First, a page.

Friday, March 4, 2005

Bill to make docs' apologies inadmissible at trial

The legislature is considering a bill (HB 1291) that would enable doctors to apologize or express sympathy to an injured patient (or the patient's family member) without having the statement admissible in a lawsuit.

Here's the key language:

(2) In a civil action against a health care provider for personal injuries which is based upon alleged professional negligence, or in any arbitration or mediation proceeding related to such civil action:

(a) Any and all statements, affirmations, gestures, or conduct expressing apology, fault, sympathy, commiseration, condolence, compassion, or a general sense of benevolence; or

(b) Any and all statements or affirmations regarding remedial actions that may be taken to address the act or omission that is the basis for the allegation of negligence; which were in the past or are made by a health care provider to the injured person, a relative of the injured person, or a representative of the injured person and which relate to the discomfort, pain, suffering, injury, or death of the injured person as the result of the alleged professional negligence are not admissible as evidence.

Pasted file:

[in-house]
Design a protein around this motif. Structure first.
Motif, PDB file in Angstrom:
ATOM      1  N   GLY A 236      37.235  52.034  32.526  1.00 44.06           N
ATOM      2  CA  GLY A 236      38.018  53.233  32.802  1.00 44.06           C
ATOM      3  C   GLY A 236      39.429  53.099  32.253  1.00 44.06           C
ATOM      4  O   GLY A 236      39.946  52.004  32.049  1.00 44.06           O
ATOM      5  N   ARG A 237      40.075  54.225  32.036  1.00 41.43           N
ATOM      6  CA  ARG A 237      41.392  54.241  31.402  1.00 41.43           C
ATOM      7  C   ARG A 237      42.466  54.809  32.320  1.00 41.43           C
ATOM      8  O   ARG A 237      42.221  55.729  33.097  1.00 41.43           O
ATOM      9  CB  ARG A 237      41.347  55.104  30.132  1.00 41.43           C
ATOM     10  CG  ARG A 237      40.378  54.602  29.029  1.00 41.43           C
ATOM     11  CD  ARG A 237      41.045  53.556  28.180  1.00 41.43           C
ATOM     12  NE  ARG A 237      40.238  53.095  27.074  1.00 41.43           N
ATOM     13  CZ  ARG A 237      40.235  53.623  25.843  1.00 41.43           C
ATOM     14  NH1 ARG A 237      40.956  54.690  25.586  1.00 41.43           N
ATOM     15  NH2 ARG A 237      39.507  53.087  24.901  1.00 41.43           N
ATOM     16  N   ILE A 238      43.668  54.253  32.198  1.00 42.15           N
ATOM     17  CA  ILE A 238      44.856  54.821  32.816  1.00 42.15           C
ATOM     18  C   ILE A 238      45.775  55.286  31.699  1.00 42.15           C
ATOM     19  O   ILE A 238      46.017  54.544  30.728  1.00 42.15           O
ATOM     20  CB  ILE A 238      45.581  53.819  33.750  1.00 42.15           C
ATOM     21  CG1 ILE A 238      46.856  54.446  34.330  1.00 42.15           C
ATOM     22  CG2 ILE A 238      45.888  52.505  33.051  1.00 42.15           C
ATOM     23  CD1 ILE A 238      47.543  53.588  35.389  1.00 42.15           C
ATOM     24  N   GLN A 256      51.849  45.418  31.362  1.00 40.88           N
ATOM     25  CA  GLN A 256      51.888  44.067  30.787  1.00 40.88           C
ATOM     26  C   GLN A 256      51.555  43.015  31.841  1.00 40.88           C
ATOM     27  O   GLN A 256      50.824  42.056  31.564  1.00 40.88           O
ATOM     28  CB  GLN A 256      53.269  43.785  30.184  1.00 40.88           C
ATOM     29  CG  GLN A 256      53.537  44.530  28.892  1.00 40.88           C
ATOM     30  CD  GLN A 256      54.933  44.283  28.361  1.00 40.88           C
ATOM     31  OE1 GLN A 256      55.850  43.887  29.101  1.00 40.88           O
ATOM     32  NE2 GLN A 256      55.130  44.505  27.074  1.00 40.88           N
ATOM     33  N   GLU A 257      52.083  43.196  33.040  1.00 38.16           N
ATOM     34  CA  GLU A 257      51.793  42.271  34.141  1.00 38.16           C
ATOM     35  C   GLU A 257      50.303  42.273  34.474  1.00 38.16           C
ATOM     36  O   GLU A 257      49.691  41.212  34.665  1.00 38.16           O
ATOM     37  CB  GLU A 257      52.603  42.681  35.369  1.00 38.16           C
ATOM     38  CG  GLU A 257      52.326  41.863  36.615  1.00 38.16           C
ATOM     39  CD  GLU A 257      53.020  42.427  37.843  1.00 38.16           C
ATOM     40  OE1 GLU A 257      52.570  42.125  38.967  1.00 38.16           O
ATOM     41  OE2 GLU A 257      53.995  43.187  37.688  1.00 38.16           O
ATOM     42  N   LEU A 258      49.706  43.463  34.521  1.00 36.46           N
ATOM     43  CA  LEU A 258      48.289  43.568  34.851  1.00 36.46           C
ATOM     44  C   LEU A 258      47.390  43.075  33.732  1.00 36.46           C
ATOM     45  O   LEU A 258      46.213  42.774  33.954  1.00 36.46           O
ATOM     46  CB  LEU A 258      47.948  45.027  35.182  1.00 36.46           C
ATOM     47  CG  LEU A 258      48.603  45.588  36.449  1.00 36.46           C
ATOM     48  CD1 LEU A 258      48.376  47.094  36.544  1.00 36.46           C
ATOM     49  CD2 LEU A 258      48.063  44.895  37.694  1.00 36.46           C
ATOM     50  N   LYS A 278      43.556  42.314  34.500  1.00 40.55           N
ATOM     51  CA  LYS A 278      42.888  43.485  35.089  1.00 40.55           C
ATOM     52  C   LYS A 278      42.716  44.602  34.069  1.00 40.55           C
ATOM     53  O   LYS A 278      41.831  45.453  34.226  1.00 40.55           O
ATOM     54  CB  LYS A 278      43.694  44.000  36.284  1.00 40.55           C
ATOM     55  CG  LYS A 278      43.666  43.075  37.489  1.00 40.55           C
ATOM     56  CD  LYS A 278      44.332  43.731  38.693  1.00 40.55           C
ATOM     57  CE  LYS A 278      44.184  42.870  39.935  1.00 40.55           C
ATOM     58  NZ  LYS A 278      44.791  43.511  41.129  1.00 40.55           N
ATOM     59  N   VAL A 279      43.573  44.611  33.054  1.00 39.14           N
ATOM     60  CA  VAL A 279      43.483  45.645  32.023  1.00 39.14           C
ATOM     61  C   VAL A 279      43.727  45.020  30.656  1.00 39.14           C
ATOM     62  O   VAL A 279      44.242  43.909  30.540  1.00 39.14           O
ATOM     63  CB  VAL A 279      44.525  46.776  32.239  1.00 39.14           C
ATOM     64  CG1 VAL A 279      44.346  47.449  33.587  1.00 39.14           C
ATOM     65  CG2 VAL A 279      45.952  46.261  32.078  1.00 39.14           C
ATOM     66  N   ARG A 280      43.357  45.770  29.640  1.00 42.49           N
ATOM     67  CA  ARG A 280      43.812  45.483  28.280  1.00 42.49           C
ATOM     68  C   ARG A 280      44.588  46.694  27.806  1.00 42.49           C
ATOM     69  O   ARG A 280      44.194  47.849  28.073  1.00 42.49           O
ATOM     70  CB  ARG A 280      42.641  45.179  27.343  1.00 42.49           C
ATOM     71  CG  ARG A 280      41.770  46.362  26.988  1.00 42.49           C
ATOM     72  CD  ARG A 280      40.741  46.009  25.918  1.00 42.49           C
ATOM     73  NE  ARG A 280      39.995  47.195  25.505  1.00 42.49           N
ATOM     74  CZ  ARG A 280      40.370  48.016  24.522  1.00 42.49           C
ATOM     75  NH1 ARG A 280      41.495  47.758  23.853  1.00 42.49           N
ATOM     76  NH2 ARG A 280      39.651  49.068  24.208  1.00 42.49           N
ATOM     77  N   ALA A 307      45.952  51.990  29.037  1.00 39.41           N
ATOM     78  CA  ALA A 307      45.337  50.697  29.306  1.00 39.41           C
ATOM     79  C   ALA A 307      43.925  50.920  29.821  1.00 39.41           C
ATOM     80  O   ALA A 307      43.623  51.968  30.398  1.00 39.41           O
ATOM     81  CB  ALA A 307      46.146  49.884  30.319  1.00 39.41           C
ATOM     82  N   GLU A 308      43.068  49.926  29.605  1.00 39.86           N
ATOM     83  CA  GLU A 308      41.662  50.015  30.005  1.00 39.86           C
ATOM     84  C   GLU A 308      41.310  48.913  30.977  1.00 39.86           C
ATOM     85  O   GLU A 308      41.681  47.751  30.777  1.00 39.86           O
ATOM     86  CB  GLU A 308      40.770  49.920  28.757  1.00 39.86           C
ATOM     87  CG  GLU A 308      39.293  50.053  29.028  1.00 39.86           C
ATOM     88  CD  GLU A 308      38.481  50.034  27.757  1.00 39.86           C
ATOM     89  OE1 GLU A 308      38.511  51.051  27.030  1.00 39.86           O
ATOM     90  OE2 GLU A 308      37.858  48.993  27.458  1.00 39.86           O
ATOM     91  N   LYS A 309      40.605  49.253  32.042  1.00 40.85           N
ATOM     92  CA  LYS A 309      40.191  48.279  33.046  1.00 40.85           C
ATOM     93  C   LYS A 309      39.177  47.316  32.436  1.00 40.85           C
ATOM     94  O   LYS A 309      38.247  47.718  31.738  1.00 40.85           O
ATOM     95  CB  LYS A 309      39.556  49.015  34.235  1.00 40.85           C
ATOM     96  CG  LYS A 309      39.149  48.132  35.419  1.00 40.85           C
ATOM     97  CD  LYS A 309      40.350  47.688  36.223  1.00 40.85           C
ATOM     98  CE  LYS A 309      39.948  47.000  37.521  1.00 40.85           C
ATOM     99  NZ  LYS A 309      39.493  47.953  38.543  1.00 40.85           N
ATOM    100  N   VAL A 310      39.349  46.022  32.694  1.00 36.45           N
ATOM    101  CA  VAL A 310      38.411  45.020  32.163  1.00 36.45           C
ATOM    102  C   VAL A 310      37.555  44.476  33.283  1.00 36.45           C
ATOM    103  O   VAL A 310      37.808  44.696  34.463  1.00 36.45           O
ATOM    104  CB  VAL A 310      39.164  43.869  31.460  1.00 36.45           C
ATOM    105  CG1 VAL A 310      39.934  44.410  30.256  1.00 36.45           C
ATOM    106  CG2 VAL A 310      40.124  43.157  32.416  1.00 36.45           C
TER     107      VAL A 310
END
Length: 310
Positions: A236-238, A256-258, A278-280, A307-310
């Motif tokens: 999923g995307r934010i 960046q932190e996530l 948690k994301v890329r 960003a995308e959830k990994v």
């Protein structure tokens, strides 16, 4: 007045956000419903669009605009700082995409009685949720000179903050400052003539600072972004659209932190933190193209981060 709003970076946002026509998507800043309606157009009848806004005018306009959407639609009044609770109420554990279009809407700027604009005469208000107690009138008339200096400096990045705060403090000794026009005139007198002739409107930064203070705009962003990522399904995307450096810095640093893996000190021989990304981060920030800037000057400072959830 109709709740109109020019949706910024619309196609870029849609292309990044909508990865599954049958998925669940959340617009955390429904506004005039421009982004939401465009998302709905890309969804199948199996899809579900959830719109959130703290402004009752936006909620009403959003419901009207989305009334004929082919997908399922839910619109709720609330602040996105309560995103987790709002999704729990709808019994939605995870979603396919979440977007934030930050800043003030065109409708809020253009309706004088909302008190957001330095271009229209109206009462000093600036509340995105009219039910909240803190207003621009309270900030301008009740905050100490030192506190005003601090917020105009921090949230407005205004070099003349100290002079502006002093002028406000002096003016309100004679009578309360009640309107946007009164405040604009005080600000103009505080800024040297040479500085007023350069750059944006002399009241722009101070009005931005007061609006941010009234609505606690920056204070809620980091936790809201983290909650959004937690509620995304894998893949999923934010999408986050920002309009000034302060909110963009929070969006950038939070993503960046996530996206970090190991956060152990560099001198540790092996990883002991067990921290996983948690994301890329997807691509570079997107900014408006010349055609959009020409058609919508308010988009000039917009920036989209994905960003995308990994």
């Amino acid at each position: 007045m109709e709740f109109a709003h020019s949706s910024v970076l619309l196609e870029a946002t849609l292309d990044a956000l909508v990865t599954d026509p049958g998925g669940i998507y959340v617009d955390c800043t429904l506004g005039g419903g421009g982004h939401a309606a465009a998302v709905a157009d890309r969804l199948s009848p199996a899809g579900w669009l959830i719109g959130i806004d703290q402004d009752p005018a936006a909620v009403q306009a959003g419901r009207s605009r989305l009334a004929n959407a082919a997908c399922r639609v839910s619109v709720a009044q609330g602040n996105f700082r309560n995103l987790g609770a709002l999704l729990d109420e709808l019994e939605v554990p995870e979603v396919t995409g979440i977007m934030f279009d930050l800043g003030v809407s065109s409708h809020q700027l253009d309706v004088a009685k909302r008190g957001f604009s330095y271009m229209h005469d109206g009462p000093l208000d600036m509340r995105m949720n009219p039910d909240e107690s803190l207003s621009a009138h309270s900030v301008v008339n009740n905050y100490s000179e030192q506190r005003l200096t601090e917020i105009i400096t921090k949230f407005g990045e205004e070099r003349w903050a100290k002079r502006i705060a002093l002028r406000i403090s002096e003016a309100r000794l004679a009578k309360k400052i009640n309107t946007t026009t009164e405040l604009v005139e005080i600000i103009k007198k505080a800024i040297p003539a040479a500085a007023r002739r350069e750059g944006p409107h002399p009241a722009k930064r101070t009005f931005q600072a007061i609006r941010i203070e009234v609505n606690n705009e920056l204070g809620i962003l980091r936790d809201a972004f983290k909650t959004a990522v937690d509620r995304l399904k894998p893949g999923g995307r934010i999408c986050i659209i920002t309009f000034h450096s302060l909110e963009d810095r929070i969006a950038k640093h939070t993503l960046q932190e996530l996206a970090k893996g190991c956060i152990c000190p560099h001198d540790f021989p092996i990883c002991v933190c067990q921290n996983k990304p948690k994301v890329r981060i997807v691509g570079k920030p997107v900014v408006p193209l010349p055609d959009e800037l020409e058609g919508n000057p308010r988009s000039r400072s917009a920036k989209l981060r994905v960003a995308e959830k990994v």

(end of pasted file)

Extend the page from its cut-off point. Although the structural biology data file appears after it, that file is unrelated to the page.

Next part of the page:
This is an amendment to RCW 5.64.010.

The bill also would establish a patient safety account in the state treasury, funded by health care licensing fees ($2 per professional for individuals; $2 per bed for institutions) and 1% of certain attorney fees in health care litigation.

The bill, bill reports, and other materials are at Bill Information - Washington State Legislature

A number of states have passed such laws. See, e.g., Steven Keeva, Law and Sympathy: Apology Reforms Cost Little But Contribute Much to Clients' Healing, ABA J., Aug. 2004, at 74, available on LexisNexis and Westlaw.

Here is an article on the subject from the doctor's perspective (the AMA's newspaper): The power of an apology: Patients appreciate open communication (AMNews, July 28, 2003).

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